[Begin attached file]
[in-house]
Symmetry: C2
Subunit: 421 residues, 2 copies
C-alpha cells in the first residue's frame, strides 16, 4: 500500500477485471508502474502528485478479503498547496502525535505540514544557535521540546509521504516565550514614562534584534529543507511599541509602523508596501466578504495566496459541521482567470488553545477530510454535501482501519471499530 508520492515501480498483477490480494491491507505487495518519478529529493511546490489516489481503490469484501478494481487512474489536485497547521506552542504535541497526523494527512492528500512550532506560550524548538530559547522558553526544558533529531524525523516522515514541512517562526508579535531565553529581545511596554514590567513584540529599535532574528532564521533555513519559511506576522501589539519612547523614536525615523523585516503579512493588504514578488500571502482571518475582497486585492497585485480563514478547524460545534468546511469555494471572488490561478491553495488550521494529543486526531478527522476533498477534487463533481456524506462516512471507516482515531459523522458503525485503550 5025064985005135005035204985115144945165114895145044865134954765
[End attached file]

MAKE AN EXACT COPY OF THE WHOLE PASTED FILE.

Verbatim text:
[in-house]
Symmetry: C2
Subunit: 421 residues, 2 copies
C-alpha cells in the first residue's frame, strides 16, 4: 500500500477485471508502474502528485478479503498547496502525535505540514544557535521540546509521504516565550514614562534584534529543507511599541509602523508596501466578504495566496459541521482567470488553545477530510454535501482501519471499530 508520492515501480498483477490480494491491507505487495518519478529529493511546490489516489481503490469484501478494481487512474489536485497547521506552542504535541497526523494527512492528500512550532506560550524548538530559547522558553526544558533529531524525523516522515514541512517562526508579535531565553529581545511596554514590567513584540529599535532574528532564521533555513519559511506576522501589539519612547523614536525615523523585516503579512493588504514578488500571502482571518475582497486585492497585485480563514478547524460545534468546511469555494471572488490561478491553495488550521494529543486526531478527522476533498477534487463533481456524506462516512471507516482515531459523522458503525485503550 5025064985005135005035204985115144945165114895145044865134954765